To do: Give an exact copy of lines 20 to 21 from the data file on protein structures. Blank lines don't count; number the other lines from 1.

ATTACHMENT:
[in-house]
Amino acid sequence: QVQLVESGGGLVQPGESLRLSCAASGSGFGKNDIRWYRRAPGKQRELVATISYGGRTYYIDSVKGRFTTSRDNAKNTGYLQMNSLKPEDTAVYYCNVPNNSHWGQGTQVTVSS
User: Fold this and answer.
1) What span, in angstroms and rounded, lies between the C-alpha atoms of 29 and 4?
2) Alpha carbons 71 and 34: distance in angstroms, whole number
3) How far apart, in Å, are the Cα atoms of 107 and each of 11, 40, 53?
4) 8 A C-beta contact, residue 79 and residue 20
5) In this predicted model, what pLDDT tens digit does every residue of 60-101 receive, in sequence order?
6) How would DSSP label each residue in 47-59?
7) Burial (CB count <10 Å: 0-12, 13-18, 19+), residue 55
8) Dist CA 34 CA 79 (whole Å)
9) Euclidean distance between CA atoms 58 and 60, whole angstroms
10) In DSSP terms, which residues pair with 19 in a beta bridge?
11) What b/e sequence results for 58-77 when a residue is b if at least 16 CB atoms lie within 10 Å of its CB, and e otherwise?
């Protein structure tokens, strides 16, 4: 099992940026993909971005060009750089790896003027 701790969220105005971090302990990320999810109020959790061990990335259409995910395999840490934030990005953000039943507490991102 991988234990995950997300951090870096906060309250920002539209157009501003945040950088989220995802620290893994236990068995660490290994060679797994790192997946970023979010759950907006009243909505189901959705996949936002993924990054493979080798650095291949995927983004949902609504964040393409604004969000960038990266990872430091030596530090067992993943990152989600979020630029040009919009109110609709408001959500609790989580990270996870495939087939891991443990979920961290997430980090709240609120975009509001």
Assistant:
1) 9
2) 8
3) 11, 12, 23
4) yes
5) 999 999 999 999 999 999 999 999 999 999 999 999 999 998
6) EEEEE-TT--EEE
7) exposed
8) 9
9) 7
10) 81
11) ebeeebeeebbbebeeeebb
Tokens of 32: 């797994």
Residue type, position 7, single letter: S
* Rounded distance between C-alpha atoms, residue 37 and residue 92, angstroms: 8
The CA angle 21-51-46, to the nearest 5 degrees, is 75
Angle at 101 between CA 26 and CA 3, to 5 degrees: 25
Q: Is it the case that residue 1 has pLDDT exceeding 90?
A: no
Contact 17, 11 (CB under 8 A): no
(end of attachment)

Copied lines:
4) yes
5) 999 999 999 999 999 999 999 999 999 999 999 999 999 998